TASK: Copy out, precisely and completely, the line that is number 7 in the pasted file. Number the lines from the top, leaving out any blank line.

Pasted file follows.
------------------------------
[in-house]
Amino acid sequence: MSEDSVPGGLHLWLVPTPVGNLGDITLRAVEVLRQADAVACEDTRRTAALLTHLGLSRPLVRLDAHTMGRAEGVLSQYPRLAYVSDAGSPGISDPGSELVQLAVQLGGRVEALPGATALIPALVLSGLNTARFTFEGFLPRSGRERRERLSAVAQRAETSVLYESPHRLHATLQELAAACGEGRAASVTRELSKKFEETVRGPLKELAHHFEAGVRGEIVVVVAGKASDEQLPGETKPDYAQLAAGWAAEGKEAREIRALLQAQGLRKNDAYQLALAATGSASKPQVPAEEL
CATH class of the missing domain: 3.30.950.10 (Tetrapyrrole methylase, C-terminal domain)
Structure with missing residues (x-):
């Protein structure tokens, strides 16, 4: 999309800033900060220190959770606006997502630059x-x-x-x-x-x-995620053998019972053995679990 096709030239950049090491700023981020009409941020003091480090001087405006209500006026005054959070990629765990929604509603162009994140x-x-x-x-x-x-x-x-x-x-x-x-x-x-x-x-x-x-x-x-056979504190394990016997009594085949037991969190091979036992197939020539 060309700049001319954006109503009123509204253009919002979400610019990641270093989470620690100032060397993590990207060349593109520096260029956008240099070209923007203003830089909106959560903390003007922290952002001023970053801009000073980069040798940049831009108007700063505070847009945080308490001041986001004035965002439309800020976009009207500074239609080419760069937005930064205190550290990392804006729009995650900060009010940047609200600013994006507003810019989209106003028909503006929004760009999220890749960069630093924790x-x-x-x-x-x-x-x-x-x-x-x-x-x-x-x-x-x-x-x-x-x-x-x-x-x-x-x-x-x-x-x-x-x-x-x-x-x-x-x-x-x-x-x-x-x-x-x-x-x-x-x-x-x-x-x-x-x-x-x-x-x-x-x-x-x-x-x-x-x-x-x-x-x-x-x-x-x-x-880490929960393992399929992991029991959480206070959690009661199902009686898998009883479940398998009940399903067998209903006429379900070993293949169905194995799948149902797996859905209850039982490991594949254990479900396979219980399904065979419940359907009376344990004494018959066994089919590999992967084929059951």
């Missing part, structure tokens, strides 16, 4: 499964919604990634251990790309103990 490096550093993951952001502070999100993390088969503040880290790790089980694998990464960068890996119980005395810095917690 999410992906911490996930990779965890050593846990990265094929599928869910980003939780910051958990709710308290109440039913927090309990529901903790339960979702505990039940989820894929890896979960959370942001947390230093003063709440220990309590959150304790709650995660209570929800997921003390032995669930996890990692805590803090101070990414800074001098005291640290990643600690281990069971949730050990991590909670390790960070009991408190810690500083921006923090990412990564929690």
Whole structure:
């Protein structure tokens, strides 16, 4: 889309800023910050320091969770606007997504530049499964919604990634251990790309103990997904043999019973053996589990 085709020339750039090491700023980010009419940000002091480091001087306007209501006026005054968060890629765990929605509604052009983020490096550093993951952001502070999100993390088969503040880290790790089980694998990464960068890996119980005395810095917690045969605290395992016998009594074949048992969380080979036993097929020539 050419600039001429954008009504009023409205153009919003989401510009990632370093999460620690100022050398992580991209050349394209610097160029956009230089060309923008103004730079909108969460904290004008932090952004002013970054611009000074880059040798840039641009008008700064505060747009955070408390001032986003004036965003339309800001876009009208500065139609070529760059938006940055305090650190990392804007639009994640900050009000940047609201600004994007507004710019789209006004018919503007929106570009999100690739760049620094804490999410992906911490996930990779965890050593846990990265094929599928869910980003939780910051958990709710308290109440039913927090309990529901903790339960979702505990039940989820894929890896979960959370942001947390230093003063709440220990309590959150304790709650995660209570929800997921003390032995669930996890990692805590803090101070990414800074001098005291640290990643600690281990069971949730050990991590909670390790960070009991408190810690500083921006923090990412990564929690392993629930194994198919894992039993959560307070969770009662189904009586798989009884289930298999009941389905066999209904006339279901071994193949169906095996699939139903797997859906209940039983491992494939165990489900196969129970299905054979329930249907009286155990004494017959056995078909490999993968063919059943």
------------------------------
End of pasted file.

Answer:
Whole structure: